Climate finance has ramped up in the short weeks of this year and last, seeing unprecedented developments in developing countries like China and Costa Rica. China announced its China Power Sector Transformer Efficiency Program, a Programme of Activity under the CDM, issued CERs, along with its Facilitating Reforestation for Guangxi Watershed Management in Pearl River Basin Project, which was the first reforestation project worldwide to be registered under the CDM. Meanwhile, Costa Rica became the first country to receive approval to access performance-based payments through the FCPF’s Carbon Fund, and was guaranteed continued financial support with Norway, Germany and Finland’s recent announcement of a $180 million contribution to the FCPF. Read the rest of this Ecosystem Marketplace exclusive at the Forest Carbon Portal here

 

NZ-ers to jump ship

New Zealand forest owners who previously sold carbon credits when they were in the $18-24 price range are now contemplating leaving the country’s ETS, according to Carbon News. Starting in 2010, two years after the forestry sector entered the scheme, New Zealand Unit prices began to drop, ending in current prices around $2.50. Consequently, the amount of international units, such as CERs, used to meet carbon obligations by New Zealand emitters is on the rise as the number of NZUs used is decreasing. Top officials from eight New Zealand-based forestry companies – representing close to 70% of the nation’s plantation forests – futilely urged Prime Minister John Key to halt the flow of cheap credits into country.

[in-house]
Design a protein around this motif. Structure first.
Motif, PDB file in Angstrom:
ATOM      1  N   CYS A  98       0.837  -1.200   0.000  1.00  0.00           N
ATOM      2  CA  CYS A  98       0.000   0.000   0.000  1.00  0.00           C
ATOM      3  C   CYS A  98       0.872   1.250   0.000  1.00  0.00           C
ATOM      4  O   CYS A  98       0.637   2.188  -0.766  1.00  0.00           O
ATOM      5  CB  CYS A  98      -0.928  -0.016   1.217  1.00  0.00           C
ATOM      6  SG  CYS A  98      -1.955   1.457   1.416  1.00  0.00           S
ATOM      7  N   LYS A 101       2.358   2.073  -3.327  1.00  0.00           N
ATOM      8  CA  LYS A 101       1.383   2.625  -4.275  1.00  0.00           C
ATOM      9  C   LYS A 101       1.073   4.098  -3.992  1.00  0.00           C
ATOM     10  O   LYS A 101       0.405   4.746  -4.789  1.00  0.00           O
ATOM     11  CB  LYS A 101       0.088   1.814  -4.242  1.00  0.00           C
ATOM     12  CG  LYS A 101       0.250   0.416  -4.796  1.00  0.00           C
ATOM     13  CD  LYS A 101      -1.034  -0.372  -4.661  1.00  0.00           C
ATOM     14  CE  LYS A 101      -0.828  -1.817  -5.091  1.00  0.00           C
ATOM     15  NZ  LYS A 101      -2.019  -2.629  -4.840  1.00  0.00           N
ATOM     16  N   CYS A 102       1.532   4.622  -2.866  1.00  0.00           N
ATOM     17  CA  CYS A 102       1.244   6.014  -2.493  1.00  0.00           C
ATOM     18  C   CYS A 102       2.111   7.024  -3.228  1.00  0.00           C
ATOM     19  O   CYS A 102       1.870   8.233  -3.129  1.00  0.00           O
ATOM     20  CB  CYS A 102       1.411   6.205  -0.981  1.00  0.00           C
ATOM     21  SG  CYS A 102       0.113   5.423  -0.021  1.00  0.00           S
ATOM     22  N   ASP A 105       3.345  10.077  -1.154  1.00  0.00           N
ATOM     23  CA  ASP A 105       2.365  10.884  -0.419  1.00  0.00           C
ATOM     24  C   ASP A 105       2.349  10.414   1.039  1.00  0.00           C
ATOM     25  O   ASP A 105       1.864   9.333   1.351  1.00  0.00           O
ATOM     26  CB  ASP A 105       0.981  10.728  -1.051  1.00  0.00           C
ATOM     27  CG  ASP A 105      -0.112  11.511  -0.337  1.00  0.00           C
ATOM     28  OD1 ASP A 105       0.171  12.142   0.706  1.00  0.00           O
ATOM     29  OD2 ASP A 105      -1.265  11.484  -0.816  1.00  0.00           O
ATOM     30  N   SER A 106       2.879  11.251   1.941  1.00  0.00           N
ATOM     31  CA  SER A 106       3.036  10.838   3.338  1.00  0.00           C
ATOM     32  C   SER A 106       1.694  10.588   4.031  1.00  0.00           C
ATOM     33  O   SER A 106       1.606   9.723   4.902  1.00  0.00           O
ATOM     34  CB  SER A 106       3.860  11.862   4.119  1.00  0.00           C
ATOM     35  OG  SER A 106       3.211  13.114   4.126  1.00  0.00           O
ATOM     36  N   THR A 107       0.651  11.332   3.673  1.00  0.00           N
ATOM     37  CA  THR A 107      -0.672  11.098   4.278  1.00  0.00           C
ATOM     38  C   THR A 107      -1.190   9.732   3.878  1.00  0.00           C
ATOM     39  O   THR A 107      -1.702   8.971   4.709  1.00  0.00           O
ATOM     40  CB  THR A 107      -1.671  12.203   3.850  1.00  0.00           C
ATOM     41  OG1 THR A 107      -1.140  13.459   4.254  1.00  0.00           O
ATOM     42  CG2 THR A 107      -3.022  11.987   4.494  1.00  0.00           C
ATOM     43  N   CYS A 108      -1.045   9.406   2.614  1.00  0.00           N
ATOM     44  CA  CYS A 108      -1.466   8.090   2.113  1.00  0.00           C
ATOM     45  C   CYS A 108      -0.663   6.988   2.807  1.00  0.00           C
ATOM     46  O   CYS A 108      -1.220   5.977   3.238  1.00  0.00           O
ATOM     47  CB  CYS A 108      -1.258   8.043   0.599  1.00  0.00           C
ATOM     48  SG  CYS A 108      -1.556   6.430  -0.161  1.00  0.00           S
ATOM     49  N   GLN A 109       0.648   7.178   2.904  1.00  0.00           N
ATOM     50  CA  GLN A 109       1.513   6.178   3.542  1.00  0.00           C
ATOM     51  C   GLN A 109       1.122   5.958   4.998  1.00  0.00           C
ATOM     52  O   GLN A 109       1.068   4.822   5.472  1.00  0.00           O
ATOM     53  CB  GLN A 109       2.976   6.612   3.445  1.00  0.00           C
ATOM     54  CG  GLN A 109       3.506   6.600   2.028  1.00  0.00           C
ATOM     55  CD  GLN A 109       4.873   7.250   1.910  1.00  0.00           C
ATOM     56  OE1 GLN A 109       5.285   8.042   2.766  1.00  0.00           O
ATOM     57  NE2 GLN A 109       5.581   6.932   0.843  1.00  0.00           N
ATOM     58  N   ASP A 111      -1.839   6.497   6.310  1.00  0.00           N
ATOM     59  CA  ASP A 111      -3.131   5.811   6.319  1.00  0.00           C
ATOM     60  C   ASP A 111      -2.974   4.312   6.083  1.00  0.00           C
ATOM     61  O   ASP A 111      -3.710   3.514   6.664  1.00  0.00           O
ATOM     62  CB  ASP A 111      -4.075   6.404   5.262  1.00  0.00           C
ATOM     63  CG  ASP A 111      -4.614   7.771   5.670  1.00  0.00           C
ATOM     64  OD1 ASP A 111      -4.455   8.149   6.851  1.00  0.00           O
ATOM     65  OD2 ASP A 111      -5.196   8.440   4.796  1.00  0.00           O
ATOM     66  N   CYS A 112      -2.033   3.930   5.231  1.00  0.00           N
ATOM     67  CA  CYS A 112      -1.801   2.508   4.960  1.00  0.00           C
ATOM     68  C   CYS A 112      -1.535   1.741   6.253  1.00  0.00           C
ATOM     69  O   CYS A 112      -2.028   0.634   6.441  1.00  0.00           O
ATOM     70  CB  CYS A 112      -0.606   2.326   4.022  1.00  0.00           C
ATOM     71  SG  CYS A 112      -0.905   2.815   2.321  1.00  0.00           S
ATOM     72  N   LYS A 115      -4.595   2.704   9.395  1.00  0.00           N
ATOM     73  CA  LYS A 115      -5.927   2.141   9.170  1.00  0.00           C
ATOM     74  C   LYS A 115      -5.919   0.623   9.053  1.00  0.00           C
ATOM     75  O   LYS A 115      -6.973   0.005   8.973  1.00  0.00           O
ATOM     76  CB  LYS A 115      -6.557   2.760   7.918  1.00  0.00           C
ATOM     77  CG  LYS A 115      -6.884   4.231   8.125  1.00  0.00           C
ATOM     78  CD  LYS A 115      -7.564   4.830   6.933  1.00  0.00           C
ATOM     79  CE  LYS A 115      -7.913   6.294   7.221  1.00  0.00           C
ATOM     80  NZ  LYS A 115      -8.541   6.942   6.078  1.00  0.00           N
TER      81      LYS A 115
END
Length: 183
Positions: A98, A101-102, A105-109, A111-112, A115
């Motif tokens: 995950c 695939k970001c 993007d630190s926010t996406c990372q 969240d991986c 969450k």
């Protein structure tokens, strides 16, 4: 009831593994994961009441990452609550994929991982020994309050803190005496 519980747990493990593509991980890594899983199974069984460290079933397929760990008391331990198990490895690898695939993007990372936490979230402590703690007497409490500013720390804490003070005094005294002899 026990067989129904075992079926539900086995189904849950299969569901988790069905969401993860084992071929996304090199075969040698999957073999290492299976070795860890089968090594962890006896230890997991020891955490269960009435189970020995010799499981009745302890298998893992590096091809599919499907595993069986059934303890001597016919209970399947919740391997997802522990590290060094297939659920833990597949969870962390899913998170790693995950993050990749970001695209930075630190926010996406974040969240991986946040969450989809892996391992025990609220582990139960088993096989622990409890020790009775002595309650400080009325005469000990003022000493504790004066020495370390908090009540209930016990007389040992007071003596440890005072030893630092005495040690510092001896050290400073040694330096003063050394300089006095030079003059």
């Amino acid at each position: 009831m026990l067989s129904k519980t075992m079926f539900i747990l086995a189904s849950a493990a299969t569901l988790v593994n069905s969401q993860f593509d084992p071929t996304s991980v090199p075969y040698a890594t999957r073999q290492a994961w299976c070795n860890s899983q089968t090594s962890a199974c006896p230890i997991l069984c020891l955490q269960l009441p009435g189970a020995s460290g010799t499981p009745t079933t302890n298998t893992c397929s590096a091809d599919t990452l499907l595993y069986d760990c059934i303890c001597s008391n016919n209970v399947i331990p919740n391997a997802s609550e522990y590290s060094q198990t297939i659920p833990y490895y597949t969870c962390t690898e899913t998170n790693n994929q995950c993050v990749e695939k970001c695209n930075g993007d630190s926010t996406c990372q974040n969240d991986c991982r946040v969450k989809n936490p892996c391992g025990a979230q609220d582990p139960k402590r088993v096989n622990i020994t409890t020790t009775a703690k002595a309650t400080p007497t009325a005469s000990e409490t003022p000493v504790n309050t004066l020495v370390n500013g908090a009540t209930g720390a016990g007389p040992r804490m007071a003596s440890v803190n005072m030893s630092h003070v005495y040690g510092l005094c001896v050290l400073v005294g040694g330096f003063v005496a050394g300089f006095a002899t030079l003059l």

Human Dimension 

The corrupt elephant in the room

The risk of corruption seems ever-present in the DRC, after years of incidents and reports hinting at the potential ineffectiveness of implementing a REDD+ strategy. In a 2011 report, PricewaterhouseCoopers warned that REDD+ efforts would face many in-country challenges due to the DRC’s widespread corruption problem. Last fall, Global Witness claimed that industrial logging companies were exploiting the artisanal logging permits that the country allows to go around DRC’s halt on new logging concessions, reporting government cooperation was also to blame. Shortly after, the International Monetary Fund stopped a $532 million loan program for the country given worries over transparency in the mining sector. 

 

Save the rosewoods!